Jetpacks Help Soldiers Run At The Speed Of Olympic Athletes

Kevin Loria

On May 6, 1954, Roger Bannister ran a mile in under four minutes for the first time in recorded history. Since then, other professional runners and world-class athletes have joined him in the sub-four-minute category — the record currently stands at 3:43, set by Hicham El Guerrouj in 1974.

But with the aid of a jetpack being developed at Arizona State University by mechanical engineer and robot designer Jason Kerestes, every single soldier in the future might be able to break the four minute barrier with ease.

"In a warfare type arena, this could potentially be the difference between life and death," says Kerestes, in a video demonstrating his work.

Kerestes is working on the project with wearable robotics expert Thomas Sugar, from ASU's Human Machine Integration Laboratory, and with support from the Defense Advanced Research Projects Agency, the research of the Department of Defense that's working on everything from brain hacking to exosuits.

And while they haven't achieved the four-minute mile goal yet, which gives the project its name, 4MM, Kerestes and Sugar believe it's definitely doable and are now just refining the design.

Sugar explains in the video that they started by working on robots and exosuit-like devices that could help amputees, but DARPA came and asked if they could build devices that would augment able-bodied people — and soldiers in particular. That's how they ended up focusing on jetpacks.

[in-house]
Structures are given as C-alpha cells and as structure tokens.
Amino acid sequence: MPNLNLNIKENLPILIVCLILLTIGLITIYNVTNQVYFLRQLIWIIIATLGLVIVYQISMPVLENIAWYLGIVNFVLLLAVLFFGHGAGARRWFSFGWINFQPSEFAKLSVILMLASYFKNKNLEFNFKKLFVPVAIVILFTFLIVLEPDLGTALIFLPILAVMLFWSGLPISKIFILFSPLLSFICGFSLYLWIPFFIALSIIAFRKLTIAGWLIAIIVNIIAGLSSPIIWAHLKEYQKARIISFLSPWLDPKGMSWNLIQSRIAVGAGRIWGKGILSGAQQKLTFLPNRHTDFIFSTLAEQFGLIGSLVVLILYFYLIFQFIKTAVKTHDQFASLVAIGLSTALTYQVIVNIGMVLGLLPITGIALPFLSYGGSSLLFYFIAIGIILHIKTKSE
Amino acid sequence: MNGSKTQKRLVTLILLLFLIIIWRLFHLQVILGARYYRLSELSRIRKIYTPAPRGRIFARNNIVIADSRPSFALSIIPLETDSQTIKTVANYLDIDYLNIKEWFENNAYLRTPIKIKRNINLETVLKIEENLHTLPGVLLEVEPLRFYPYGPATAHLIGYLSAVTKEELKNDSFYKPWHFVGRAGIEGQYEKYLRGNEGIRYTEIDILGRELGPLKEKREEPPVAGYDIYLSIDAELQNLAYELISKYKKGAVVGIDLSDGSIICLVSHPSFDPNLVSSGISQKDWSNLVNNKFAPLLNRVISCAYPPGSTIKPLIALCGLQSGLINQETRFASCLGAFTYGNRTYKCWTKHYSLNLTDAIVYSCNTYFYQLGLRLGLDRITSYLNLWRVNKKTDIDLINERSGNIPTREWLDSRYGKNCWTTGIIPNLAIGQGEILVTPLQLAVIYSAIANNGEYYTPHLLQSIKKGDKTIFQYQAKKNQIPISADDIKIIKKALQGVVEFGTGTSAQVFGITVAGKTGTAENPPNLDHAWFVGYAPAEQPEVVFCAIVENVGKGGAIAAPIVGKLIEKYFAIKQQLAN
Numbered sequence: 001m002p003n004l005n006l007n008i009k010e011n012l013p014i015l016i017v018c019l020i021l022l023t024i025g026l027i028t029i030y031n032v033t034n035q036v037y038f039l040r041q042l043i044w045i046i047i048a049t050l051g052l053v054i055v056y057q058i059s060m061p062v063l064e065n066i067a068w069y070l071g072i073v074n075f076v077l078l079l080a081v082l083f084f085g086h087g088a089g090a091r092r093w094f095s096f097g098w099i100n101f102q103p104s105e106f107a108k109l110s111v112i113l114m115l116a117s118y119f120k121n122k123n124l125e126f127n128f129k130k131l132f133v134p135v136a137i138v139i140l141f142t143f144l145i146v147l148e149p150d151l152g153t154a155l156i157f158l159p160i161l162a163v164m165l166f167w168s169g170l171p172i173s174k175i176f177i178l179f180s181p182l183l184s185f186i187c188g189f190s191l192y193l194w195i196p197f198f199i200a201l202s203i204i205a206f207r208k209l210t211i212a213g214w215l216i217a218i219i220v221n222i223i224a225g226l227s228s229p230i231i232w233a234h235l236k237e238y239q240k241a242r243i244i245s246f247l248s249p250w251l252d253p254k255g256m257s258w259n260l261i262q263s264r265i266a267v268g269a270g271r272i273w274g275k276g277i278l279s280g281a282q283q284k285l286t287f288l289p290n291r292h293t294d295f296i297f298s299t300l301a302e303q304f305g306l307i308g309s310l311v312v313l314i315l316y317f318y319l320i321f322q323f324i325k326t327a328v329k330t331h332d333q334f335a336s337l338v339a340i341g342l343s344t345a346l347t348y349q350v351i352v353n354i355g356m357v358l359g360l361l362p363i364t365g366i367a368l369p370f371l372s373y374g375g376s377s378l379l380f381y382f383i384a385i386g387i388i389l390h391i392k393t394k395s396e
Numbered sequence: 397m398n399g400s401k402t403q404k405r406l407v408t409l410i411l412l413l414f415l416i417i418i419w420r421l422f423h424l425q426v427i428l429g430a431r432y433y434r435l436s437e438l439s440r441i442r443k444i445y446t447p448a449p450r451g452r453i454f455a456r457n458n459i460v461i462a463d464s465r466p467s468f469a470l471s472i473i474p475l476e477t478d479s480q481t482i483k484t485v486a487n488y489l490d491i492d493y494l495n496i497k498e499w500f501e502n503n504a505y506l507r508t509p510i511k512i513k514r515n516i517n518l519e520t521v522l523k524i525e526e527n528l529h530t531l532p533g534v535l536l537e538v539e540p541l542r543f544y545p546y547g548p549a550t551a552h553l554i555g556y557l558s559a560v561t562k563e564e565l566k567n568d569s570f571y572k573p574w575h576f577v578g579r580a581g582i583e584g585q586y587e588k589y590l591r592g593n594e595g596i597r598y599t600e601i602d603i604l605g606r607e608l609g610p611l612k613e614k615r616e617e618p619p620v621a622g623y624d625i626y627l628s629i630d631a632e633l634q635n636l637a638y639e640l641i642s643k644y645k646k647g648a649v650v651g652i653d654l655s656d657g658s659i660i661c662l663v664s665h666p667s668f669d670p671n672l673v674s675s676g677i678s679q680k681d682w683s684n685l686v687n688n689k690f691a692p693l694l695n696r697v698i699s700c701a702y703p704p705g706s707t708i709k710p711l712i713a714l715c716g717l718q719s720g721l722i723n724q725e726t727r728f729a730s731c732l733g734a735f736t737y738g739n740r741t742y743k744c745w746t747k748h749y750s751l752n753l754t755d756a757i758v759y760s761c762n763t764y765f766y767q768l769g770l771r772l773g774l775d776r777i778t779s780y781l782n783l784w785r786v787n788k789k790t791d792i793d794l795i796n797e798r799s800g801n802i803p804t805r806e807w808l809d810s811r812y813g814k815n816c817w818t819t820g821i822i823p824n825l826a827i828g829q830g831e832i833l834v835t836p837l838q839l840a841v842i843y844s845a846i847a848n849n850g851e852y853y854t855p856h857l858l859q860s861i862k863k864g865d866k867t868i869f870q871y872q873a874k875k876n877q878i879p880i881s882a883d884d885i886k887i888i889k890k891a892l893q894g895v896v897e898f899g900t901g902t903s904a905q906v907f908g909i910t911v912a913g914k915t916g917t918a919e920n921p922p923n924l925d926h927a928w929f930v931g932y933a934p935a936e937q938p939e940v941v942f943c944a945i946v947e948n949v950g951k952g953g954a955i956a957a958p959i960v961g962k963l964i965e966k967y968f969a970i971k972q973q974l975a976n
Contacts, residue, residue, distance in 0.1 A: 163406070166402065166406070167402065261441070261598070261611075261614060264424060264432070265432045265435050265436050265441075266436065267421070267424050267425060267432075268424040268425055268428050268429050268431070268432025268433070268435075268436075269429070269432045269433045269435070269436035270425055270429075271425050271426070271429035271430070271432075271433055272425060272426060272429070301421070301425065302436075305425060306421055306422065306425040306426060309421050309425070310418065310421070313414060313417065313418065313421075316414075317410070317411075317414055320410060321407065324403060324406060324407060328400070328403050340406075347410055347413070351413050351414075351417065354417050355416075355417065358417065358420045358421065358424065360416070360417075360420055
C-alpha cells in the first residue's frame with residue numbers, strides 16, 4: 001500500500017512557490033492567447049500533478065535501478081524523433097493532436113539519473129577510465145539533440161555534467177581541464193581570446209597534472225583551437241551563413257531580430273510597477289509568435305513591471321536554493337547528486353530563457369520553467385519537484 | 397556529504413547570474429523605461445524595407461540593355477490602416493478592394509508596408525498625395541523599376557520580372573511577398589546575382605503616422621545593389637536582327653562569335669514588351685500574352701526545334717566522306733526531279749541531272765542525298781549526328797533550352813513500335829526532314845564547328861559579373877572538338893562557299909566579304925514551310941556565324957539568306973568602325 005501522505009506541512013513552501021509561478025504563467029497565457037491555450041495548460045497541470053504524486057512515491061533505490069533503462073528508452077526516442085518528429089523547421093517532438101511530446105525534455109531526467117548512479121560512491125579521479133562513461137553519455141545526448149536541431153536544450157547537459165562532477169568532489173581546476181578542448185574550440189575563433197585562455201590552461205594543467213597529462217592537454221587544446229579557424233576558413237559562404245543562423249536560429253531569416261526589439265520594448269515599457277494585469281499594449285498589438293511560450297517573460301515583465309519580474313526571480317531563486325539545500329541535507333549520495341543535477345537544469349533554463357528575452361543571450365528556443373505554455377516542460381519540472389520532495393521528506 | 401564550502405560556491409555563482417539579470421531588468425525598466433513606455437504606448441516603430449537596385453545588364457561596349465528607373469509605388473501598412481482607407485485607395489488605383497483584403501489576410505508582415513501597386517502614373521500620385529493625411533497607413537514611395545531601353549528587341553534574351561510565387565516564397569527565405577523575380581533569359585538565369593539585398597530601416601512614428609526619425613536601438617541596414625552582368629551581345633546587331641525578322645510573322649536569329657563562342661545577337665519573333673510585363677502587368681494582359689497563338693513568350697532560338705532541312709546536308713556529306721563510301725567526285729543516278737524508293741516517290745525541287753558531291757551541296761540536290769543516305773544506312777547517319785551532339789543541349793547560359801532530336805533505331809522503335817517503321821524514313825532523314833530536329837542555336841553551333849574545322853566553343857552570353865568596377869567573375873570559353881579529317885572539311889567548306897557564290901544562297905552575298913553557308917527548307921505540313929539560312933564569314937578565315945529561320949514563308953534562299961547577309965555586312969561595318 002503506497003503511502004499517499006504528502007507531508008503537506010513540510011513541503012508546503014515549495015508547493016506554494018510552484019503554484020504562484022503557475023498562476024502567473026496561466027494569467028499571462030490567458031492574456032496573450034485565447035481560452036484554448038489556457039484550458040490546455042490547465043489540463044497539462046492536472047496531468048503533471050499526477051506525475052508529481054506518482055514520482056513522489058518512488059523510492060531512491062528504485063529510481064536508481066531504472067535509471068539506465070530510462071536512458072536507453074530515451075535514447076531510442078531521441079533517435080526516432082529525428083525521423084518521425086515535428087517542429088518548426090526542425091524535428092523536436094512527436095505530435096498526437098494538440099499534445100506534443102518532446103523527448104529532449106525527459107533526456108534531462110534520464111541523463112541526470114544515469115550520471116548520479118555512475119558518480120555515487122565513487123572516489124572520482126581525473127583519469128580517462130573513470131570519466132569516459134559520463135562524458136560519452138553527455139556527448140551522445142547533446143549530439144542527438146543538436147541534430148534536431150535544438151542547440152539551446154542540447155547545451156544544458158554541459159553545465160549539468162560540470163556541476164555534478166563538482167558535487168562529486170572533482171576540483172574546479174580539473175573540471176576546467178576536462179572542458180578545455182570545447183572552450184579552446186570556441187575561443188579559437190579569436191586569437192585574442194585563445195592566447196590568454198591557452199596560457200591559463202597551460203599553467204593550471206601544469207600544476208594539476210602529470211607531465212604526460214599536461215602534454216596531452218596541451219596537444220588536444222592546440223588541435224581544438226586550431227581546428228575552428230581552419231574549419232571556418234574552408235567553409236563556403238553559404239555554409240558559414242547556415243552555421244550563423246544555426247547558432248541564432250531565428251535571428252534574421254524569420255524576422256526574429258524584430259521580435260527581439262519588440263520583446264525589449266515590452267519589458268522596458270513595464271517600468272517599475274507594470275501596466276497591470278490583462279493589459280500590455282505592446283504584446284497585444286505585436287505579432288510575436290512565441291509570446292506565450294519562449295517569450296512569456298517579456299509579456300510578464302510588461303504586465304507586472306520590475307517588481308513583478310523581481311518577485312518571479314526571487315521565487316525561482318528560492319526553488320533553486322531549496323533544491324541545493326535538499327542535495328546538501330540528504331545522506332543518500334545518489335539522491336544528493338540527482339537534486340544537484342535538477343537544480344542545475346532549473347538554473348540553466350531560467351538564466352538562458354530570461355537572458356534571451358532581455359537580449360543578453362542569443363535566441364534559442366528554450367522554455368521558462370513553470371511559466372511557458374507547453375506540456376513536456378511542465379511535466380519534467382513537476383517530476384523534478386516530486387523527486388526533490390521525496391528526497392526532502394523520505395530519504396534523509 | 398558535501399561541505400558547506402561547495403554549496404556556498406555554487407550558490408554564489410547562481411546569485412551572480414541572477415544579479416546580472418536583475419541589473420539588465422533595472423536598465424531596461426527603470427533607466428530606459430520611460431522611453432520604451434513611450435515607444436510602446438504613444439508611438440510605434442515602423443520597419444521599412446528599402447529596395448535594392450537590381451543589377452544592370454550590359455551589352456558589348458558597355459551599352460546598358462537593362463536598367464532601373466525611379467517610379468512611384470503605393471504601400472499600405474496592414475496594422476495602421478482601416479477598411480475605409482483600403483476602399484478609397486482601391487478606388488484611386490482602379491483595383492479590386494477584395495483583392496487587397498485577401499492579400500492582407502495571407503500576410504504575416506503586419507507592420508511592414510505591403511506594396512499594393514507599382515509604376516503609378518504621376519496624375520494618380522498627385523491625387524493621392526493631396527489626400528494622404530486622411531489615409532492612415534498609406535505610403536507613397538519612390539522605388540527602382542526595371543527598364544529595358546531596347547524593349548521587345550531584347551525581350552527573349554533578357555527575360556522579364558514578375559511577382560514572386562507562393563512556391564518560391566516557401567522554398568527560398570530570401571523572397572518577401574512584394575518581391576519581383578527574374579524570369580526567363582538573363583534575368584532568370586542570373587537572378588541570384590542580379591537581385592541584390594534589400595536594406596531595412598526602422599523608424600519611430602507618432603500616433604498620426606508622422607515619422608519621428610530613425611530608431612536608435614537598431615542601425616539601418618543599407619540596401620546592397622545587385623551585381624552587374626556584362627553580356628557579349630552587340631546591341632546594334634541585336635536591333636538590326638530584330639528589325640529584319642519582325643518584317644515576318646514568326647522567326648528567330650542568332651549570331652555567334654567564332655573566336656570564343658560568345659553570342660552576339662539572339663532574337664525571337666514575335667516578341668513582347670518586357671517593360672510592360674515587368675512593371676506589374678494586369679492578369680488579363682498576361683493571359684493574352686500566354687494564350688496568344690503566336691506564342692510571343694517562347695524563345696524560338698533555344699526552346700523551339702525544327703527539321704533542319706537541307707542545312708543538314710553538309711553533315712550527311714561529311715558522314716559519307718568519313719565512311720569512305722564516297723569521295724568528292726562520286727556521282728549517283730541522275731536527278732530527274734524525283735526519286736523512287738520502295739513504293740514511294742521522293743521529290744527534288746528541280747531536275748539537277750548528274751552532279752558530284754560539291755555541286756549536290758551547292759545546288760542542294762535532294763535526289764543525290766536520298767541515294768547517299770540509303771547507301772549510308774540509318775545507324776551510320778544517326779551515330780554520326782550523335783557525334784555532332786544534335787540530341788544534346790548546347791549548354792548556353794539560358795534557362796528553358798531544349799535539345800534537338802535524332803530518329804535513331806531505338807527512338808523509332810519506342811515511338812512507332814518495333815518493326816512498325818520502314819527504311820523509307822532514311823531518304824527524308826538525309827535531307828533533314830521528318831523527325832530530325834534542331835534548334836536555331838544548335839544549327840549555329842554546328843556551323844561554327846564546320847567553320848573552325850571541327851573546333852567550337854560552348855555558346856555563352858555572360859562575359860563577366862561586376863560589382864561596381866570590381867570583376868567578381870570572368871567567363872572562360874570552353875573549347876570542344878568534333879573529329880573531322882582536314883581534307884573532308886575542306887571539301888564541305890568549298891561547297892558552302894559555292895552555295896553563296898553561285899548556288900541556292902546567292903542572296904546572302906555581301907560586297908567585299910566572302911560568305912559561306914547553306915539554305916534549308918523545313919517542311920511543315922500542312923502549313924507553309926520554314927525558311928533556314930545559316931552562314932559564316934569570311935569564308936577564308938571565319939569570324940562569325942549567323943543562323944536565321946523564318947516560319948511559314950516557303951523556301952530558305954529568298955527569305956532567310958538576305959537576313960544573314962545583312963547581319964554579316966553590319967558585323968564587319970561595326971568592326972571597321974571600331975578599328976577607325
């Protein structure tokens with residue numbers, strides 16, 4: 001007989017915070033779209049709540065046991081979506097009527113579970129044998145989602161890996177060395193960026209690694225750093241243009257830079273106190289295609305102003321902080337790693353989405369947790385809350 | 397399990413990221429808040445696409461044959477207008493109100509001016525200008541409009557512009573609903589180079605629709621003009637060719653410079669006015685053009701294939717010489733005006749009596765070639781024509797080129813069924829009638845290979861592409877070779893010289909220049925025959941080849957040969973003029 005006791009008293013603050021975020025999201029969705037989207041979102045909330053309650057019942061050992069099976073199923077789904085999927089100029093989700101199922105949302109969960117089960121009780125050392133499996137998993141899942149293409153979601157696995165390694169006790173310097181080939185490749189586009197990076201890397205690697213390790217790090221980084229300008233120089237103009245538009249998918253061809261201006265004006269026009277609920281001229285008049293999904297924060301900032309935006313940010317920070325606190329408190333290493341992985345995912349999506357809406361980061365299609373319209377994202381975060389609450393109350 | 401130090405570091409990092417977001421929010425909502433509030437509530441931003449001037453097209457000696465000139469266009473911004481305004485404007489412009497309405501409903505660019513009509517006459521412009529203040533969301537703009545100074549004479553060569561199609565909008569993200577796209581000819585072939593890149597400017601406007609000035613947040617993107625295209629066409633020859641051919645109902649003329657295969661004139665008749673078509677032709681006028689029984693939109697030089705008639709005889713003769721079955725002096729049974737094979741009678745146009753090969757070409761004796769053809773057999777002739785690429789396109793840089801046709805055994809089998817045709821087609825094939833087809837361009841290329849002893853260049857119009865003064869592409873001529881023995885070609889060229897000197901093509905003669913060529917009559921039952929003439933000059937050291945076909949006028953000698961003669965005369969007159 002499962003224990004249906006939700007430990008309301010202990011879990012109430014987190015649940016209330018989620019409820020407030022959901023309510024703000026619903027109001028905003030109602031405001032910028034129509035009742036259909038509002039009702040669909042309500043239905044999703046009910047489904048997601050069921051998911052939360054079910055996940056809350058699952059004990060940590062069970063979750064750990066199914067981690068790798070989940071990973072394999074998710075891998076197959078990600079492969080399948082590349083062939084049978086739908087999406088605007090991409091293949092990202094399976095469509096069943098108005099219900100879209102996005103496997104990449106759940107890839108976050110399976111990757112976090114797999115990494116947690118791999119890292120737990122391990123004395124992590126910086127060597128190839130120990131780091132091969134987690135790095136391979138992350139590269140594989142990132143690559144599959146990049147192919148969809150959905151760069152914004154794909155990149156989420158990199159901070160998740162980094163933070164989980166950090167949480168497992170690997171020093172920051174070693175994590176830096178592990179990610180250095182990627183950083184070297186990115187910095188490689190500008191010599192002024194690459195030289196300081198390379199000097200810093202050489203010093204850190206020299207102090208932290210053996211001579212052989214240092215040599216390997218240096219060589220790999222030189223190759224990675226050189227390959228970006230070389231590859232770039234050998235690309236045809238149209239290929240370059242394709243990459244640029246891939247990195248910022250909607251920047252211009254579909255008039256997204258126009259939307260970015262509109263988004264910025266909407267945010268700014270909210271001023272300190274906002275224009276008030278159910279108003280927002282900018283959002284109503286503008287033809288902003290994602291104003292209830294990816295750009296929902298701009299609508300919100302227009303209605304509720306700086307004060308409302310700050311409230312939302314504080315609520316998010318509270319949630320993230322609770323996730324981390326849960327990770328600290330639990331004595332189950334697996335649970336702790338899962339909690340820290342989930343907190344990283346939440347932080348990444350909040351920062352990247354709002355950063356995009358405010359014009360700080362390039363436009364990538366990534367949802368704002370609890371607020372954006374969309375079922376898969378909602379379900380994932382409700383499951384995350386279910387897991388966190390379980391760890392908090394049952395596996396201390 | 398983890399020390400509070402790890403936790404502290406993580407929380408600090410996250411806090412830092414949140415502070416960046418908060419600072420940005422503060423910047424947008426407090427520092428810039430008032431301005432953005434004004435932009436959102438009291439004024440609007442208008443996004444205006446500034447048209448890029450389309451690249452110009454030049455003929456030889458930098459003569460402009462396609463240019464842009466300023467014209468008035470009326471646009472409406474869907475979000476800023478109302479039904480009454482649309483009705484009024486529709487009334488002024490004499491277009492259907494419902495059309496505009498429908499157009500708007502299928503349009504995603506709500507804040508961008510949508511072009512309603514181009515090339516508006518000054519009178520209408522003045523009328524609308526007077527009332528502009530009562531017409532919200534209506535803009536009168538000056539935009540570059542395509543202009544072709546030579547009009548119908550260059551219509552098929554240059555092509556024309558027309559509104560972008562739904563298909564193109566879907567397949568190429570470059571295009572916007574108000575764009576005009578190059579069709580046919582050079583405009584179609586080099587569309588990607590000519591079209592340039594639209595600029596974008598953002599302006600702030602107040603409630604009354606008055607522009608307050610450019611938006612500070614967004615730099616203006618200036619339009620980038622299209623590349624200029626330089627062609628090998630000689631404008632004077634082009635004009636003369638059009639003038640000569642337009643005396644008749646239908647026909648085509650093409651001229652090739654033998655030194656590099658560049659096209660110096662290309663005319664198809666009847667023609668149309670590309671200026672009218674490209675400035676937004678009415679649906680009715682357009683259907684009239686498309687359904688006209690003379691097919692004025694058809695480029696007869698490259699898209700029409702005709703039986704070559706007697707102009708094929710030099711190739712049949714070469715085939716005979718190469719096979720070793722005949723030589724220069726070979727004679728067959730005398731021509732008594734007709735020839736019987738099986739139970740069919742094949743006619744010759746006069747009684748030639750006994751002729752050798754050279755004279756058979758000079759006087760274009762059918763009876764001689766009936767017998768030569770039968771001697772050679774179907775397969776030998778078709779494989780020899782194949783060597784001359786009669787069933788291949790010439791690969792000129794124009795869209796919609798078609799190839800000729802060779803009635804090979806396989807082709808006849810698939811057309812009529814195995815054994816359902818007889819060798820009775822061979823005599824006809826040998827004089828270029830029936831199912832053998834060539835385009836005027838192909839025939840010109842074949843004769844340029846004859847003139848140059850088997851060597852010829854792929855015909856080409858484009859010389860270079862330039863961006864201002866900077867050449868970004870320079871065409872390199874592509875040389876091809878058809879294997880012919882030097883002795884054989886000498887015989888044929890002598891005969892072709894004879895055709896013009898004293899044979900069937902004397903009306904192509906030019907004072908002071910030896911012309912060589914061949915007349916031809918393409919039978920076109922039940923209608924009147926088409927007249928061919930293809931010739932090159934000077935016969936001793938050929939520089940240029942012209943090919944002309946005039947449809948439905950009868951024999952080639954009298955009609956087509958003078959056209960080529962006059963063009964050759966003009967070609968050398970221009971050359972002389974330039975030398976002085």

Kerestes joined the team as a engineer and roboticist with a welding background. With that, he could help design a prototype jetpack and then weld it together the next day.

At first, they weren't sure whether or not they could make humans faster. "We're incredibly engineered as is, and augmenting our abilities really becomes a difficult, challenging research project, that you don't know what the answer is going to be," says Kerestes.

We generally talk about jetpacks as something that might help someone fly, but they reduced the amount of force to create a device that can't make someone fly but that allows for instantaneous thrust and fast, agile, and controllable movement.

Trials showed they could make people run faster and use less energy, despite the addition of an 11.2 pound jetpack.

"If you think of a Navy SEAL or an Army soldier that has to get in somewhere quick and do whatever they've gotta do, but maybe get out of there just as quickly, so these devices can really help soldiers to not only accomplish their goals and succeed in their missions, but potentially save human lives as well," says Kerestes.

Or, as Digg, where we first saw the video, asks, "how much longer until we reach full Master Chief level performance?"

Watch the full video here:

Jetpack helps soldiers run faster from ASU Research on Vimeo.

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